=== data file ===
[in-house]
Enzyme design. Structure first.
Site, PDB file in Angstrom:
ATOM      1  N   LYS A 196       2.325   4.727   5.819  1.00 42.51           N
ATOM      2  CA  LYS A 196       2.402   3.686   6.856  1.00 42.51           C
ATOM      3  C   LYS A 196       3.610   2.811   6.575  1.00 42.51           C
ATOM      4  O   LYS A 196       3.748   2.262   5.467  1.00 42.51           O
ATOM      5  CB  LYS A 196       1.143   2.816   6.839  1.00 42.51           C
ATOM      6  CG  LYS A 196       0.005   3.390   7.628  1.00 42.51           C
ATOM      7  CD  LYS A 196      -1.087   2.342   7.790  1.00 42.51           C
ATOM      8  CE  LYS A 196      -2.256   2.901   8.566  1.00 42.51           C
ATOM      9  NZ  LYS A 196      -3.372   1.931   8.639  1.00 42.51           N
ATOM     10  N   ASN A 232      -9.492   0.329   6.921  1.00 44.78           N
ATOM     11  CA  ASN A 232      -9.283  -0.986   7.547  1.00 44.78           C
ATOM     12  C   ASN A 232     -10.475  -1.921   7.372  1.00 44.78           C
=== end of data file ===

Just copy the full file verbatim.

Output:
[in-house]
Enzyme design. Structure first.
Site, PDB file in Angstrom:
ATOM      1  N   LYS A 196       2.325   4.727   5.819  1.00 42.51           N
ATOM      2  CA  LYS A 196       2.402   3.686   6.856  1.00 42.51           C
ATOM      3  C   LYS A 196       3.610   2.811   6.575  1.00 42.51           C
ATOM      4  O   LYS A 196       3.748   2.262   5.467  1.00 42.51           O
ATOM      5  CB  LYS A 196       1.143   2.816   6.839  1.00 42.51           C
ATOM      6  CG  LYS A 196       0.005   3.390   7.628  1.00 42.51           C
ATOM      7  CD  LYS A 196      -1.087   2.342   7.790  1.00 42.51           C
ATOM      8  CE  LYS A 196      -2.256   2.901   8.566  1.00 42.51           C
ATOM      9  NZ  LYS A 196      -3.372   1.931   8.639  1.00 42.51           N
ATOM     10  N   ASN A 232      -9.492   0.329   6.921  1.00 44.78           N
ATOM     11  CA  ASN A 232      -9.283  -0.986   7.547  1.00 44.78           C
ATOM     12  C   ASN A 232     -10.475  -1.921   7.372  1.00 44.78           C